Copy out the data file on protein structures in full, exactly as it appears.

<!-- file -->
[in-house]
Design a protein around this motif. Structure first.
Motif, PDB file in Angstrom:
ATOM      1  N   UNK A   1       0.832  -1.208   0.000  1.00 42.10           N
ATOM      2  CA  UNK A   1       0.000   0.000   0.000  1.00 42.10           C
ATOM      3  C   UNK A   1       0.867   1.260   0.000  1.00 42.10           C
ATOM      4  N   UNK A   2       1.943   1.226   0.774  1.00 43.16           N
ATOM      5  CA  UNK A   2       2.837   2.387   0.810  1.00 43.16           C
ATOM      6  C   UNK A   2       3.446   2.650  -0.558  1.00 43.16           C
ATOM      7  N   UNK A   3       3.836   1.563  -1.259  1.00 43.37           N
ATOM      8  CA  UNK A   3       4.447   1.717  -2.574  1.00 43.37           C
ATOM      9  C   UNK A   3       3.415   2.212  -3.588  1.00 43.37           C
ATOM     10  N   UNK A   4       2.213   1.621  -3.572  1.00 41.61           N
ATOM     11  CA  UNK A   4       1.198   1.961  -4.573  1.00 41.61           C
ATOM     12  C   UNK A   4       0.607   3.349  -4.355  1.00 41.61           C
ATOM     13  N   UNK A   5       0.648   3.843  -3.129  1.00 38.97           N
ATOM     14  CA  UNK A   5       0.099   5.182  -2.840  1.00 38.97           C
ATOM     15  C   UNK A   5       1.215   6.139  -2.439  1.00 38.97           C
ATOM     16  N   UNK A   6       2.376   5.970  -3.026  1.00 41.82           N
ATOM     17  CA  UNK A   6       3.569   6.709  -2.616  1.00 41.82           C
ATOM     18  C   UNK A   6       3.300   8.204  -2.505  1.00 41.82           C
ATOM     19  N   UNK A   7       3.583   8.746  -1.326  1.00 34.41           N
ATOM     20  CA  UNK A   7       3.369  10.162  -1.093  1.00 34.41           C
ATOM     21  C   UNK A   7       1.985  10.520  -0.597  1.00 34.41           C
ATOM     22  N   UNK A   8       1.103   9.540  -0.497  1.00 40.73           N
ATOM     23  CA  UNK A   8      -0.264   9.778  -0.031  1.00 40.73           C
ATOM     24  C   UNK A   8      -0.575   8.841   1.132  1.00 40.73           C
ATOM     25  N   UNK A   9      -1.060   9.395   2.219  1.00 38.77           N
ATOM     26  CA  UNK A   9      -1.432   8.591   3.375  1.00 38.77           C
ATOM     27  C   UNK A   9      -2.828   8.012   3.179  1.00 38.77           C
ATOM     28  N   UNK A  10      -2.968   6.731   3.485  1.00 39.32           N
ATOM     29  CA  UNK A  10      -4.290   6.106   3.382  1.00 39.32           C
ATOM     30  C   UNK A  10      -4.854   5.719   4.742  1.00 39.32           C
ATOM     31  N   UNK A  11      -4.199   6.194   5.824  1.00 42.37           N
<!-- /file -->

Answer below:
[in-house]
Design a protein around this motif. Structure first.
Motif, PDB file in Angstrom:
ATOM      1  N   UNK A   1       0.832  -1.208   0.000  1.00 42.10           N
ATOM      2  CA  UNK A   1       0.000   0.000   0.000  1.00 42.10           C
ATOM      3  C   UNK A   1       0.867   1.260   0.000  1.00 42.10           C
ATOM      4  N   UNK A   2       1.943   1.226   0.774  1.00 43.16           N
ATOM      5  CA  UNK A   2       2.837   2.387   0.810  1.00 43.16           C
ATOM      6  C   UNK A   2       3.446   2.650  -0.558  1.00 43.16           C
ATOM      7  N   UNK A   3       3.836   1.563  -1.259  1.00 43.37           N
ATOM      8  CA  UNK A   3       4.447   1.717  -2.574  1.00 43.37           C
ATOM      9  C   UNK A   3       3.415   2.212  -3.588  1.00 43.37           C
ATOM     10  N   UNK A   4       2.213   1.621  -3.572  1.00 41.61           N
ATOM     11  CA  UNK A   4       1.198   1.961  -4.573  1.00 41.61           C
ATOM     12  C   UNK A   4       0.607   3.349  -4.355  1.00 41.61           C
ATOM     13  N   UNK A   5       0.648   3.843  -3.129  1.00 38.97           N
ATOM     14  CA  UNK A   5       0.099   5.182  -2.840  1.00 38.97           C
ATOM     15  C   UNK A   5       1.215   6.139  -2.439  1.00 38.97           C
ATOM     16  N   UNK A   6       2.376   5.970  -3.026  1.00 41.82           N
ATOM     17  CA  UNK A   6       3.569   6.709  -2.616  1.00 41.82           C
ATOM     18  C   UNK A   6       3.300   8.204  -2.505  1.00 41.82           C
ATOM     19  N   UNK A   7       3.583   8.746  -1.326  1.00 34.41           N
ATOM     20  CA  UNK A   7       3.369  10.162  -1.093  1.00 34.41           C
ATOM     21  C   UNK A   7       1.985  10.520  -0.597  1.00 34.41           C
ATOM     22  N   UNK A   8       1.103   9.540  -0.497  1.00 40.73           N
ATOM     23  CA  UNK A   8      -0.264   9.778  -0.031  1.00 40.73           C
ATOM     24  C   UNK A   8      -0.575   8.841   1.132  1.00 40.73           C
ATOM     25  N   UNK A   9      -1.060   9.395   2.219  1.00 38.77           N
ATOM     26  CA  UNK A   9      -1.432   8.591   3.375  1.00 38.77           C
ATOM     27  C   UNK A   9      -2.828   8.012   3.179  1.00 38.77           C
ATOM     28  N   UNK A  10      -2.968   6.731   3.485  1.00 39.32           N
ATOM     29  CA  UNK A  10      -4.290   6.106   3.382  1.00 39.32           C
ATOM     30  C   UNK A  10      -4.854   5.719   4.742  1.00 39.32           C
ATOM     31  N   UNK A  11      -4.199   6.194   5.824  1.00 42.37           N